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This screams frozen vent stack. To keep your drains flowing, you need to equalize the pressure. The problem is your sewer lines contain harmful gasses you don't want in your house. As such, you have a vent stack, a common drain pipe that allows gasses to vent out of the roof. In deep winter (i.e. well below freezing, which is common in Michigan) what can ...


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this is more of a suggestion than an answer, but I think you should go to a big box store and buy a new toilet (a good one). Install it in the winter and see if it solves your problem. If it doesn’t you can return it and know that it’s something beyond the fixture. I had a friend who’s toilet was bubbling and we thought it was everything else... needless ...


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As others have suggested, knowing why it backs up is key. For that, a reputable plumber with a camera can find the absolute answer. If it's damaged pipes there is no other long term option than replacing the main. If it's backing up due to bends or joints then installing a cleanout would be the best option for cleaning it out yourself in the future. Then ...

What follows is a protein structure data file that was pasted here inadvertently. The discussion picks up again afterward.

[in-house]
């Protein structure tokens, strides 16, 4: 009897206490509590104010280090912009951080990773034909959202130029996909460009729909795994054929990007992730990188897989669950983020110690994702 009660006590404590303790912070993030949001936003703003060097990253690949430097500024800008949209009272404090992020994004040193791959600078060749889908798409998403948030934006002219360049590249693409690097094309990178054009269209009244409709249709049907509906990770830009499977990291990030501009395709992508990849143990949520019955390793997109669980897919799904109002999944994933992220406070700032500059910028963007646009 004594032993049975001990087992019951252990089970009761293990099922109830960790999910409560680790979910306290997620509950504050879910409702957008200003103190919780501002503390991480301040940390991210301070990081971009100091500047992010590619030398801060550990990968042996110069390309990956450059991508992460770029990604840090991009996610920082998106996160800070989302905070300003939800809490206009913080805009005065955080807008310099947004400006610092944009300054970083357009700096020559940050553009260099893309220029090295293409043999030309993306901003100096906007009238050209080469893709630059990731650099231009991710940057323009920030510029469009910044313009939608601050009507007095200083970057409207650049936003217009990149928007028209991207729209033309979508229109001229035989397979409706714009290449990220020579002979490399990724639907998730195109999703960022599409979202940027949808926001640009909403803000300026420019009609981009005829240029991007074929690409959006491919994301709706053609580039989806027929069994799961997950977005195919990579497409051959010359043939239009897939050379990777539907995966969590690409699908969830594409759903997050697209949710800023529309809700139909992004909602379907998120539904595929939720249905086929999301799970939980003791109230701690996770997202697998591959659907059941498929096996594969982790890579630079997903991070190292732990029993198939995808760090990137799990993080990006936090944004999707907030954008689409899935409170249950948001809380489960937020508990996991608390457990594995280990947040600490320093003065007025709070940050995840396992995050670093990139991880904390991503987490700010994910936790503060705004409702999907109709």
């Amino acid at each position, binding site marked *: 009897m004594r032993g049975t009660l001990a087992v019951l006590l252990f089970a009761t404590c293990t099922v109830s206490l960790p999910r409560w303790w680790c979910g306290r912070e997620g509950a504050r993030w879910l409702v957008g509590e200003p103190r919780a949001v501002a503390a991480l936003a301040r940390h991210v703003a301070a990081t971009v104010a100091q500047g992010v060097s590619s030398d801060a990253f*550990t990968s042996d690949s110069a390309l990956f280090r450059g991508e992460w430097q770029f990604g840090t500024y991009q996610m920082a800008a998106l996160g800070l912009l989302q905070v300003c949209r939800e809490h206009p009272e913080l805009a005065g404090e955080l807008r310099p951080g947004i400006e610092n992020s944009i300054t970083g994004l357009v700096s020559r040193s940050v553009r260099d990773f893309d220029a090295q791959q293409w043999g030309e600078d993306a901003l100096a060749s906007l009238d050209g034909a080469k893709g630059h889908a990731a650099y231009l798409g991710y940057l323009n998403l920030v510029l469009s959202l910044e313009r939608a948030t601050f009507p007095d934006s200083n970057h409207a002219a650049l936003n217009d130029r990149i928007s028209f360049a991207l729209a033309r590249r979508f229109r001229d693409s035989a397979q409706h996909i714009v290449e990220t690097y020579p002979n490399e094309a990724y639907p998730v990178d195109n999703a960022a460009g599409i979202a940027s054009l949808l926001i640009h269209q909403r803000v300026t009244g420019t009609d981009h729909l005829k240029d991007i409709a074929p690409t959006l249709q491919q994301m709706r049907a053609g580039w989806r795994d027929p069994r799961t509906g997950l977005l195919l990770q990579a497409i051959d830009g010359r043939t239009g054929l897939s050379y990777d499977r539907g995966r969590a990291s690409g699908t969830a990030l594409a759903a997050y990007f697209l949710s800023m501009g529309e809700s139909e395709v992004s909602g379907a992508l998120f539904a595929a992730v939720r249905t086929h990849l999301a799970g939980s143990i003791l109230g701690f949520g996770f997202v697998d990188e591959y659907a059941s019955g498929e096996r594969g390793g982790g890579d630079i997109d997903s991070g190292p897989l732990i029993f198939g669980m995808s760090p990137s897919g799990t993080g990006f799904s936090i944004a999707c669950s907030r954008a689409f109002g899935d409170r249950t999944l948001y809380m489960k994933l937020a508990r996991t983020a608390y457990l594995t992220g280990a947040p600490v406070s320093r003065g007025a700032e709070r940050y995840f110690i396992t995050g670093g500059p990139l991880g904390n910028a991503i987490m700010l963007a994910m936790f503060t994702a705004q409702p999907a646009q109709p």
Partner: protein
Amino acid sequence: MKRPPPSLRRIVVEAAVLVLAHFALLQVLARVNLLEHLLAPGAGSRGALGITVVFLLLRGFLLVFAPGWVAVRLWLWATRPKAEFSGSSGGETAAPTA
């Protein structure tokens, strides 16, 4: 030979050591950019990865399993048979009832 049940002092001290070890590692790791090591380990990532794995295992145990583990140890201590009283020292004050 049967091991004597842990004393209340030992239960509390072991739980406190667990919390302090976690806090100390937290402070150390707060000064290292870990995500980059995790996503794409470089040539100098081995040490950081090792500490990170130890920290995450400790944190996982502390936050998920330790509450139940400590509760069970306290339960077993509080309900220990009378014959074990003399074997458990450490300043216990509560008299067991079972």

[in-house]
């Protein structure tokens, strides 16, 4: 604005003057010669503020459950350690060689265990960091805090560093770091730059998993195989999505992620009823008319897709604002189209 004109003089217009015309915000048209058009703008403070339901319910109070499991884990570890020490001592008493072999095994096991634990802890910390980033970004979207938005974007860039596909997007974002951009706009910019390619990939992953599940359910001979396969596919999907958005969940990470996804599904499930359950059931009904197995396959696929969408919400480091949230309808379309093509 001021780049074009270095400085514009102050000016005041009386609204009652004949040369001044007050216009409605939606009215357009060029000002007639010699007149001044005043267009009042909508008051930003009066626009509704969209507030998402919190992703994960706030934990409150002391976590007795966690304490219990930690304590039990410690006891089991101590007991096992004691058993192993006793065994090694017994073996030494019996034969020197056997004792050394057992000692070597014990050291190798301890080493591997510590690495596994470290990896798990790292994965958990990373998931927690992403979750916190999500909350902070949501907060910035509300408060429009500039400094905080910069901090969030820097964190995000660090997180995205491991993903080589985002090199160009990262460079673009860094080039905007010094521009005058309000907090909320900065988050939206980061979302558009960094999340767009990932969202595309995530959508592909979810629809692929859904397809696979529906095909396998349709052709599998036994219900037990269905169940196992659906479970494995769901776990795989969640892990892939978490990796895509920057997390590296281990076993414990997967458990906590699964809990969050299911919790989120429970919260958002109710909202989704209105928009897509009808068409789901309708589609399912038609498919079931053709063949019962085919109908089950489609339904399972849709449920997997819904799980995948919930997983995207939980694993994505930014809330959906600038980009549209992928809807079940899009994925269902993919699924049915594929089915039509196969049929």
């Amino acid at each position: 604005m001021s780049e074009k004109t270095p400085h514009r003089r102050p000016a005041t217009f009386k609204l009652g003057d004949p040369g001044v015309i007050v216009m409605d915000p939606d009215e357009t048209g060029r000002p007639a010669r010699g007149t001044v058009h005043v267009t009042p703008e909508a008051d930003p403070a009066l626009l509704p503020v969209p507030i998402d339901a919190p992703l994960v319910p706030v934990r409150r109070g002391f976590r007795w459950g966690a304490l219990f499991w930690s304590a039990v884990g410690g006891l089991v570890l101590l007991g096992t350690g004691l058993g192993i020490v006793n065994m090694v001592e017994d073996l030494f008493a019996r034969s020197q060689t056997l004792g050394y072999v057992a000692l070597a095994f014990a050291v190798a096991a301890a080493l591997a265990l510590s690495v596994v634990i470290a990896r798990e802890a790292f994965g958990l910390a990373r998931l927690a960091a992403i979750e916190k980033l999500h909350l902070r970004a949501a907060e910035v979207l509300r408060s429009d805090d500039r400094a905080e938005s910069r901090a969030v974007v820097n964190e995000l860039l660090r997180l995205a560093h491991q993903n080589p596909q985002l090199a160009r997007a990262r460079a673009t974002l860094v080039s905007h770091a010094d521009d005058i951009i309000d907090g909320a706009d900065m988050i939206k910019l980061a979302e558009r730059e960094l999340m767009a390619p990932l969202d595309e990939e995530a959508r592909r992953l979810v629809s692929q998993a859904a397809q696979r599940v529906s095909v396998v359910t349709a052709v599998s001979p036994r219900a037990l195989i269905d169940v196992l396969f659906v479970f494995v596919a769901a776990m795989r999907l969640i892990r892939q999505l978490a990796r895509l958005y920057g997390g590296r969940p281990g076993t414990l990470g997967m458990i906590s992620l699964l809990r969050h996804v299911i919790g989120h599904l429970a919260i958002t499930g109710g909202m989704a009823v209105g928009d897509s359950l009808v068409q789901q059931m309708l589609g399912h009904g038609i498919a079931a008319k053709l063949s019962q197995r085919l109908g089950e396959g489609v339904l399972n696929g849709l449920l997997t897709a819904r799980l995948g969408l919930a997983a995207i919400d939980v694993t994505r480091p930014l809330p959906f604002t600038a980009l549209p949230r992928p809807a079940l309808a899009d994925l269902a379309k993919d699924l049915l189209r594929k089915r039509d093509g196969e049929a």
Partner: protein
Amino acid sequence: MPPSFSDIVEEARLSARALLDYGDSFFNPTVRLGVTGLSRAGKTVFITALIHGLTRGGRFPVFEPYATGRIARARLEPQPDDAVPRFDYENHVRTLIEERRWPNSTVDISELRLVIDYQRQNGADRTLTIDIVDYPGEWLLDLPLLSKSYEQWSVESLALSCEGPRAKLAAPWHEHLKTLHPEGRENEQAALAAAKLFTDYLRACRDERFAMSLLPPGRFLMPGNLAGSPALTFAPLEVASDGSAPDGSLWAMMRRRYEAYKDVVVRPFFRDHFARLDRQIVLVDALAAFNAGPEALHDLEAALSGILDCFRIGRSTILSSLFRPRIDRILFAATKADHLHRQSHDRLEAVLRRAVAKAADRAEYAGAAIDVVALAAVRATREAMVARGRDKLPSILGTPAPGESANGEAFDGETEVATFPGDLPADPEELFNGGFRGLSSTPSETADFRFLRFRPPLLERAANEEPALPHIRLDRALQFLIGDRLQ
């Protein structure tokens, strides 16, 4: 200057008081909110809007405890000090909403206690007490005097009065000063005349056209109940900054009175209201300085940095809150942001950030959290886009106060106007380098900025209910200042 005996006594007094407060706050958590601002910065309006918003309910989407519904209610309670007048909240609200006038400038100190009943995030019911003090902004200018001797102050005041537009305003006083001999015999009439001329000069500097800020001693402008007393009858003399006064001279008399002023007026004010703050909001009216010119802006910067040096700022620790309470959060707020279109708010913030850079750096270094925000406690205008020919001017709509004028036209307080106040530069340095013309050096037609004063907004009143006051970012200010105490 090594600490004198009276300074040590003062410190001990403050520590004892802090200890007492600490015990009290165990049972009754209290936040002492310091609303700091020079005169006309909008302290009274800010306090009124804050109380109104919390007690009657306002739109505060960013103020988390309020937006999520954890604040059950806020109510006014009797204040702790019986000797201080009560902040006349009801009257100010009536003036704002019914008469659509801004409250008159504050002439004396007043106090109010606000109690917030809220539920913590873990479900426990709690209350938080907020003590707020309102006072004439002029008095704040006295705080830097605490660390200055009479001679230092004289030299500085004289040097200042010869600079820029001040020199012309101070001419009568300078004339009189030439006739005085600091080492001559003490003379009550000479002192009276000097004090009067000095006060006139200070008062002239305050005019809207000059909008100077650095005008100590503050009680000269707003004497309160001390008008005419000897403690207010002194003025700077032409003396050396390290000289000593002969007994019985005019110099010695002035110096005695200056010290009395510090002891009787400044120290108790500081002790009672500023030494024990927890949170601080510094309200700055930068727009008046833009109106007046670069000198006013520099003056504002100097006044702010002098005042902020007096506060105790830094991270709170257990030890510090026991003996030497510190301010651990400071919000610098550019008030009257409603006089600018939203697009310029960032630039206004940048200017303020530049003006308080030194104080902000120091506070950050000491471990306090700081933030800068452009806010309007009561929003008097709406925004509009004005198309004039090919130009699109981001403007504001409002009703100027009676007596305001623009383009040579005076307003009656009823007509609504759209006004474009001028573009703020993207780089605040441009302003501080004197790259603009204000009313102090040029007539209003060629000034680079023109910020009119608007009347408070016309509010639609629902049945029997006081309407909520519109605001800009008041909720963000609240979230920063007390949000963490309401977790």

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This might sound strange but sometimes people inadvertently lean against the tank while sitting on the toilet seat. This can put pressure on the large gasket that is meant to seal the tank to the toilet. Even a new gasket can be compressed on the back side near the wall of the ring gasket which could cause leaks on the front side of the gasket. In the ...


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flushing the second toilet causes a sudden dip in supply pressure that allows the first to seal and once sealed there is no flow holding the valve open. It sounds like the float valve needs a new button.


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A clip or clamp on the hose will do nothing to keeping the hose "up in" a cavity. A pressure fitting is needed, that expands into the cavity. Check with the plumbing expert where you purchased the device. Use an appropriate length braided stainless steel covering hose. If you must use adapters, stainless is best. No bi-metal interactions that way. Else ...


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I've never seen a nut between the tank and the bowl. Seems like this could interfere with the seal of a thinner tank-to-bowl gasket as well. I have seen installations where rubber washers are stacked in between. I have seen installations with metal washers under the bolt head and the nut, as well as without. I don't think it's useful under standard tank-to-...


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It is a flow limiter. The cistern will have an overflow pipe in case the inlet valve fails. In an area with particularly high feed pressure the rate of filling in such an event might exceed the rate of drainage through the overflow. To prevent the resultant flooding the flow limiter can be fitted. It's optional because if the feed pressure is poor you ...